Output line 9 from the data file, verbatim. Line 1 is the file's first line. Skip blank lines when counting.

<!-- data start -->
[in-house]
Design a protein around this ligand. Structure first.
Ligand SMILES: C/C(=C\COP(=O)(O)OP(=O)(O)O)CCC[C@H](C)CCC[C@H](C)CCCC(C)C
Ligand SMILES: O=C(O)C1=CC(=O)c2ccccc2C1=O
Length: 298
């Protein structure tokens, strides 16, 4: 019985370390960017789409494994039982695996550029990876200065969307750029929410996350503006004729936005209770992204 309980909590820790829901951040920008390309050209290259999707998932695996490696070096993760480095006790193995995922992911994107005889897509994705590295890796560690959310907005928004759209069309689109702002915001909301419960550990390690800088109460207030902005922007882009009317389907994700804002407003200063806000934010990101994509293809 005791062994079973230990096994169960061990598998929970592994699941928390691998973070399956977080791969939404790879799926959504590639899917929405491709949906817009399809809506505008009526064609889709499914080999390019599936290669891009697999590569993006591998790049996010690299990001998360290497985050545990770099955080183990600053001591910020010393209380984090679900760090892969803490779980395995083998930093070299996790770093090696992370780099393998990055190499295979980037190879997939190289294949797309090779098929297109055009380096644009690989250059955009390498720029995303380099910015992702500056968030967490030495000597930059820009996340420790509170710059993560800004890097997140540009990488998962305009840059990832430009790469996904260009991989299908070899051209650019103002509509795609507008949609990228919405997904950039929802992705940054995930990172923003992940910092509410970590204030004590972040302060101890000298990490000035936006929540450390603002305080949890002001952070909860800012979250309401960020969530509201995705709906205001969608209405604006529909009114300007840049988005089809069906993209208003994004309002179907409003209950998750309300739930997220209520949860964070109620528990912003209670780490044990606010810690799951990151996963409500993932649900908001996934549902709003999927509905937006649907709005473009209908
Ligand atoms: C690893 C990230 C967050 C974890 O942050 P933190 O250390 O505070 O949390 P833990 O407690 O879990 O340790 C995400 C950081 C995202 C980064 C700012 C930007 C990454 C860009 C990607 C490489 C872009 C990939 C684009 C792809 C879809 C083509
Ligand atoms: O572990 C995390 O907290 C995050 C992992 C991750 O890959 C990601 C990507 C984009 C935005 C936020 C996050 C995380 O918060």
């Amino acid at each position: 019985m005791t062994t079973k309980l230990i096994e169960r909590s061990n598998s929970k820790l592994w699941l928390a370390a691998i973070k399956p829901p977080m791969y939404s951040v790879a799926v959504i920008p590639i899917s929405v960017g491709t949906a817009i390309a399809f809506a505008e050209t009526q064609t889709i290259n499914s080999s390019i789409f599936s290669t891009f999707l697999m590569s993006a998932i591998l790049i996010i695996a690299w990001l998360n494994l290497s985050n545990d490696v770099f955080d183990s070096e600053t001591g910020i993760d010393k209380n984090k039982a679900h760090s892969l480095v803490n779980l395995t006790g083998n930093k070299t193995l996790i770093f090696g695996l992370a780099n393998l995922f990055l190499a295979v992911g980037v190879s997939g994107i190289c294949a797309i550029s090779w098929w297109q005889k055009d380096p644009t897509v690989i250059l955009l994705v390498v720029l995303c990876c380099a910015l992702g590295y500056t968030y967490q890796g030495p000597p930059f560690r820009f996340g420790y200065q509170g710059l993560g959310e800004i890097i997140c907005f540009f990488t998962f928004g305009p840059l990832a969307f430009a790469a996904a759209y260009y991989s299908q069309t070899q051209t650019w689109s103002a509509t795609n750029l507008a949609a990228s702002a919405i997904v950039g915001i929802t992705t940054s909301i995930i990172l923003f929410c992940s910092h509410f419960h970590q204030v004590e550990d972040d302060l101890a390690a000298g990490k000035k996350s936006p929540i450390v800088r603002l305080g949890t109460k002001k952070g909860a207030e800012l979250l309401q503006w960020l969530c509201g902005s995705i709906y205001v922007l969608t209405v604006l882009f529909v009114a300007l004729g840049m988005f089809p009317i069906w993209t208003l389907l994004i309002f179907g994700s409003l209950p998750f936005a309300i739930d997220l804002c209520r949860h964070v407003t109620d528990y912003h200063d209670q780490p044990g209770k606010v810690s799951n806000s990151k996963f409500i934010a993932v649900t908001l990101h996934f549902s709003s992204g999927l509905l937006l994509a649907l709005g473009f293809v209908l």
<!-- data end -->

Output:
């Amino acid at each position: 019985m005791t062994t079973k309980l230990i096994e169960r909590s061990n598998s929970k820790l592994w699941l928390a370390a691998i973070k399956p829901p977080m791969y939404s951040v790879a799926v959504i920008p590639i899917s929405v960017g491709t949906a817009i390309a399809f809506a505008e050209t009526q064609t889709i290259n499914s080999s390019i789409f599936s290669t891009f999707l697999m590569s993006a998932i591998l790049i996010i695996a690299w990001l998360n494994l290497s985050n545990d490696v770099f955080d183990s070096e600053t001591g910020i993760d010393k209380n984090k039982a679900h760090s892969l480095v803490n779980l395995t006790g083998n930093k070299t193995l996790i770093f090696g695996l992370a780099n393998l995922f990055l190499a295979v992911g980037v190879s997939g994107i190289c294949a797309i550029s090779w098929w297109q005889k055009d380096p644009t897509v690989i250059l955009l994705v390498v720029l995303c990876c380099a910015l992702g590295y500056t968030y967490q890796g030495p000597p930059f560690r820009f996340g420790y200065q509170g710059l993560g959310e800004i890097i997140c907005f540009f990488t998962f928004g305009p840059l990832a969307f430009a790469a996904a759209y260009y991989s299908q069309t070899q051209t650019w689109s103002a509509t795609n750029l507008a949609a990228s702002a919405i997904v950039g915001i929802t992705t940054s909301i995930i990172l923003f929410c992940s910092h509410f419960h970590q204030v004590e550990d972040d302060l101890a390690a000298g990490k000035k996350s936006p929540i450390v800088r603002l305080g949890t109460k002001k952070g909860a207030e800012l979250l309401q503006w960020l969530c509201g902005s995705i709906y205001v922007l969608t209405v604006l882009f529909v009114a300007l004729g840049m988005f089809p009317i069906w993209t208003l389907l994004i309002f179907g994700s409003l209950p998750f936005a309300i739930d997220l804002c209520r949860h964070v407003t109620d528990y912003h200063d209670q780490p044990g209770k606010v810690s799951n806000s990151k996963f409500i934010a993932v649900t908001l990101h996934f549902s709003s992204g999927l509905l937006l994509a649907l709005g473009f293809v209908l």